Not On Our Watch

What comes to mind when you hear a woman speak out about being a victim of sexual harassment or rape? Do you ask yourself…What was she doing there? Why did she wear that? Is she just looking for money or attention? These are just a few of the things that come to mind for many when a woman admits to being a victim.  From that point forward, every moment of her life is open to the scrutiny of the public.  Should our opinion of her be any different if she was a Sunday school teacher or a prostitute?  Are her past relations even relevant in determining if she was in fact attacked or not? Seems more like we want to know these things so we can justify why she “deserved” what happened to her.  Presidential hopefully, Herman Cain, has come under fire by four different women so far, claiming that he assaulted them.  Sharon Bialek, the fourth woman to come forward, gave a public statement and described in detail her version of what happened to her at the hands of Mr Cain.  On yesterday, Mr Cain gave his statement denying, not only acting inappropriately but also even knowing Ms. Bialek at all. After listening to his side of the story I realized that he reminds me of another man of questionable character, Clarence Thomas. Something in his tone, his dismissive and condescending way of basically stating that she was not even worth his recollection of her name was a slap in the face to all women.  Maybe from a businessman prospective he is a cool and calculated opponent. However, from a human perspective…he lacks that air of compassion which makes him appear more of a predator than anything.  When a woman has been victimized, one of her greatest fears is to be the one on trial as if she committed the crime. The fact that her past is laid on the table for the world to see is shameful and punishment all in itself.  Men in power positions have gotten away with improper behavior for years because who is going to believe a secretary over a CEO? Well sisters know that you are not alone…and as we grow strong and unite for what’s right we will send an indisputable message “Not On Our Watch!” 


4 comments on “Not On Our Watch

  1. I watched Ms. Bialek give her statement, and to be honest, I judged her from the word “go.” I looked at her newly-curled extensions, her eagerness to read her written statement on camera, and her ‘Dr. Jekyll – Mr. Hyde’ switch from strong activist to victim when she began reading her recollection of the assault. Now don’t get me wrong – I’m no expert. However, I cannot observe a woman who suffered a traumatic event at the hands of a powerful man go from one extreme to the other without questioning whether or not she is worthy to be heard. Why dredge all of this up now? The facts state that she was given a settlement when it happened, so unless she was looking out for the interest of the American public by preventing a skeeze like Cain from being voted into office (which I doubt), I don’t see the logic in her coming forward. I think it must be said that I am not a Cain supporter. I would like for him to win the Republican nomination just to see President Barack Obama spank that a$$, but other than that, Cain and his past are both non-muthafu$&in’ factors. And that’s real – Obama AllTheWay!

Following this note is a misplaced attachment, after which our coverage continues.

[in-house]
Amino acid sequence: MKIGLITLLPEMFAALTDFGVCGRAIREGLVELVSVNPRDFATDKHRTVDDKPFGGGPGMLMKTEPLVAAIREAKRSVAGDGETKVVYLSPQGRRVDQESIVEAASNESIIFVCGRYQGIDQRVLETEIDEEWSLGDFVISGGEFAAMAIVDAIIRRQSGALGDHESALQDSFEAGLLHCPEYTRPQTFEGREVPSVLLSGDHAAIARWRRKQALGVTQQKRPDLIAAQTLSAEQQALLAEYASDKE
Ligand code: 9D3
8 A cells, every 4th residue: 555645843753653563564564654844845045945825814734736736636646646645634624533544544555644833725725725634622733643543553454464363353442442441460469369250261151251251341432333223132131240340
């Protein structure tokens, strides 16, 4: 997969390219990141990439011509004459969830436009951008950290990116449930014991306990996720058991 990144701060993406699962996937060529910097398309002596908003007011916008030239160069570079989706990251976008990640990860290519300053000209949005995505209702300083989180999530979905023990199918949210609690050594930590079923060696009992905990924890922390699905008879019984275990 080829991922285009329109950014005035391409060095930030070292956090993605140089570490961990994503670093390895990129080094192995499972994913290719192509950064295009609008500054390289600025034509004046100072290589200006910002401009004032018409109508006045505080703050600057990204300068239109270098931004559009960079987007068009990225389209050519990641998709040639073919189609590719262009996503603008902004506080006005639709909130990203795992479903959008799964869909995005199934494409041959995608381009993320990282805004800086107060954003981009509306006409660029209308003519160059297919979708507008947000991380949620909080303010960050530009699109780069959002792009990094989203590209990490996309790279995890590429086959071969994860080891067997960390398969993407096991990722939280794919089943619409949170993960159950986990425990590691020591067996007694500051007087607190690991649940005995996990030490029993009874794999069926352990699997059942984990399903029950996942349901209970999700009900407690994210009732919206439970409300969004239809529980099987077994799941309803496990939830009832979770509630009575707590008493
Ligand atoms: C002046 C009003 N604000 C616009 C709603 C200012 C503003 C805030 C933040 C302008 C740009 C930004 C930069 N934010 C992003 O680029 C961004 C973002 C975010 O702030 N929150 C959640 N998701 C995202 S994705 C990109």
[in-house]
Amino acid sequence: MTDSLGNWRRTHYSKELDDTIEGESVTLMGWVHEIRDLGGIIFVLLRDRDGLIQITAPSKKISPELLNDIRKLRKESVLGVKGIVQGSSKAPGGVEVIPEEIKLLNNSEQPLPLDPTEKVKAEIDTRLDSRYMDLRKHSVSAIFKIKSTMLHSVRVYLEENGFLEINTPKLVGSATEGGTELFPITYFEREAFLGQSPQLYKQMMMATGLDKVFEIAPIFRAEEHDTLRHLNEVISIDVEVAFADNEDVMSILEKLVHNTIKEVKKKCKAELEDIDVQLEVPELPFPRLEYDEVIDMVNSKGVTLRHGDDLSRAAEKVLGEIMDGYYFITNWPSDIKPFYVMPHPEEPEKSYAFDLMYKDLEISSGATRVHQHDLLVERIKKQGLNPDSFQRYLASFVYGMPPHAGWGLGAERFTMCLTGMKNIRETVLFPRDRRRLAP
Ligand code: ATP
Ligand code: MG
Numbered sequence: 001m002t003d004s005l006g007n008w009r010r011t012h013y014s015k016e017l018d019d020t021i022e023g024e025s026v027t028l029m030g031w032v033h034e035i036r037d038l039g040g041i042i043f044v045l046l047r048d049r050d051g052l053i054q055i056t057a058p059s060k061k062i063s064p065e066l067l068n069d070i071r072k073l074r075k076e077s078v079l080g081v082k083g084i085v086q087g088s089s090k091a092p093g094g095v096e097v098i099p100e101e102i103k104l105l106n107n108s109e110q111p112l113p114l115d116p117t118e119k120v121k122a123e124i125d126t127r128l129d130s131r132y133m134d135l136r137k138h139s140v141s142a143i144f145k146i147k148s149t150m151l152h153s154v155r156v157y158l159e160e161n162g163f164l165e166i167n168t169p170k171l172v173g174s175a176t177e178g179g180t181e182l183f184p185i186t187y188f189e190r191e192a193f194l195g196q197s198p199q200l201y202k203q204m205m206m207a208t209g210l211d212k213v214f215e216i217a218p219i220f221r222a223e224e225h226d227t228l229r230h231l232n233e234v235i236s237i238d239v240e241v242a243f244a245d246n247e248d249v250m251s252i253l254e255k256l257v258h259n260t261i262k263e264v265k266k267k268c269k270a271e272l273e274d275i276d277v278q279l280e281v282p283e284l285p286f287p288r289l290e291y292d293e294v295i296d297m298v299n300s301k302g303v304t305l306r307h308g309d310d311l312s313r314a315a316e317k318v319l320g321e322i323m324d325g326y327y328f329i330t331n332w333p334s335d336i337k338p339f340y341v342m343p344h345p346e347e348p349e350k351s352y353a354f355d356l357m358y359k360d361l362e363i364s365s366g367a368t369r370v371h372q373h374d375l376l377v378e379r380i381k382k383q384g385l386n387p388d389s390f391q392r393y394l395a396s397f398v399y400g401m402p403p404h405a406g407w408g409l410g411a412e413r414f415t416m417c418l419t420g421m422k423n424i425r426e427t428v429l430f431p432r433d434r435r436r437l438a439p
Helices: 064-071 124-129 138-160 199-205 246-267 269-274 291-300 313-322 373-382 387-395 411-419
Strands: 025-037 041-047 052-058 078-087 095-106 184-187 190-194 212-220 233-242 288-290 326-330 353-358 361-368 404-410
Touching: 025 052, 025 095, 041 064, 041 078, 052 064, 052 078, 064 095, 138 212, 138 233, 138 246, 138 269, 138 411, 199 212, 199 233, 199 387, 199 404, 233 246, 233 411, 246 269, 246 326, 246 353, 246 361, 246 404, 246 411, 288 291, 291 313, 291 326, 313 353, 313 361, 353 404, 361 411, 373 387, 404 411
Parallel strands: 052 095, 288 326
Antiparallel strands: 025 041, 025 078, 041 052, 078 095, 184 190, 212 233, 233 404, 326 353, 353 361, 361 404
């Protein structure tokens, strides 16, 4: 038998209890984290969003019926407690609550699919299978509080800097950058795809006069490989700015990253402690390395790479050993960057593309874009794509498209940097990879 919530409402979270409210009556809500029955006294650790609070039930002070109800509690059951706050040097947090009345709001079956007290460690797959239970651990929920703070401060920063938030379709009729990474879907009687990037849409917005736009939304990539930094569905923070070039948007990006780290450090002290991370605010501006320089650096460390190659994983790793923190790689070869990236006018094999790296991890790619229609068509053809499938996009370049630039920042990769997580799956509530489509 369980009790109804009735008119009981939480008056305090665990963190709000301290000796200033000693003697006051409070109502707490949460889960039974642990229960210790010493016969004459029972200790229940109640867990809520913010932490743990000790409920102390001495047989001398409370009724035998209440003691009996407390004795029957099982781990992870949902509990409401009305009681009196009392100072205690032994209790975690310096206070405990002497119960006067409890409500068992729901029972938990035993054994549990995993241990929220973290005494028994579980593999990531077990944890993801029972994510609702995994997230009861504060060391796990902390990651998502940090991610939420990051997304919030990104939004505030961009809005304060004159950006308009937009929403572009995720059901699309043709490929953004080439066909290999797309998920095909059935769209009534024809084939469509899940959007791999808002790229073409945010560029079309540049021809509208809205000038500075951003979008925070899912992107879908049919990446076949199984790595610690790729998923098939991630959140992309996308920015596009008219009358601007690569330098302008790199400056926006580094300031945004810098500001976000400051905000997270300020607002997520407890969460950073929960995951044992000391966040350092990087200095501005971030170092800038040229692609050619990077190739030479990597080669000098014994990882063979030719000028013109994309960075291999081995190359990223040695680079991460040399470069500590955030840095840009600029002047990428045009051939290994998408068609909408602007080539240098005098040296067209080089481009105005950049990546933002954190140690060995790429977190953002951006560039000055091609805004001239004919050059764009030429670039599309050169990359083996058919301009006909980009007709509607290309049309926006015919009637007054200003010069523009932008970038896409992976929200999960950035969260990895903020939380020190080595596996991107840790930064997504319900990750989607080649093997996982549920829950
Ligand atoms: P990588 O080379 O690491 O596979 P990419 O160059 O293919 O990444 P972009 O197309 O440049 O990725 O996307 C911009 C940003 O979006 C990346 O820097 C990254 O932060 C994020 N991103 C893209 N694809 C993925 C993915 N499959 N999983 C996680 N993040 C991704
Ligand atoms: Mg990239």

2. That’s an interesting response Daniel and I must say one that I think many of the public agrees with. What I think is most important is when you said you don’t see the logic in her coming forward now. I think if more people were educated in effects of trauma and the range of activities that can cause trauma (it’s different for everyone and can range from a short scare, to a helpless/hopeless feeling, to an outright fear for one’s life) we wouldn’t be so quick to judge anyone who makes a claim such as this. A good definition of trauma (or rather it’s effects) is the absence of logic. Trauma reconfigures the brain and unless dealt with and talked out it remains intact forever. It rears its head when the body is confronted with triggers and the victim finds no relief except through vocalizing what is happening or retelling their story. So it actually does make sense that all of this new attention on Cain would be a trigger and one that would cause her to find some support and relief by telling the story. It also makes sense that she would think that at least an admission and apology on his part would help her to feel better or at least to not feel like she’s crazy which is another common symptom of trauma. So in looking at it that way, her story appears to be true. On the other hand you could create a different story in your mind in which to judge her. You could think that she’s lying just to slander him. The point of my post is this, we don’t know what did or didn’t happen. What we do know is that each and every time we discount the story of anyone who claims to have suffered sexual assault or sexual harassment; past, current, and future victims are watching and listening closely and our negative reaction to every public story further isolates those victims and also makes what many perpetrators tell their victims come true…….no one will believe you. I think it’s time for us to err on the side of the victims rather than on the side of the perpetrators. What’s wrong with saying she could be telling the truth instead of instantly saying HE is telling the truth? That one simple change in though, action and speech provides support NOT for Bialek but for the millions of survivors that need to find relief and are afraid to do so.

  3. Society as a whole needs to change the things we find acceptable because this is definetly unacceptable #notonourwatch 🙂

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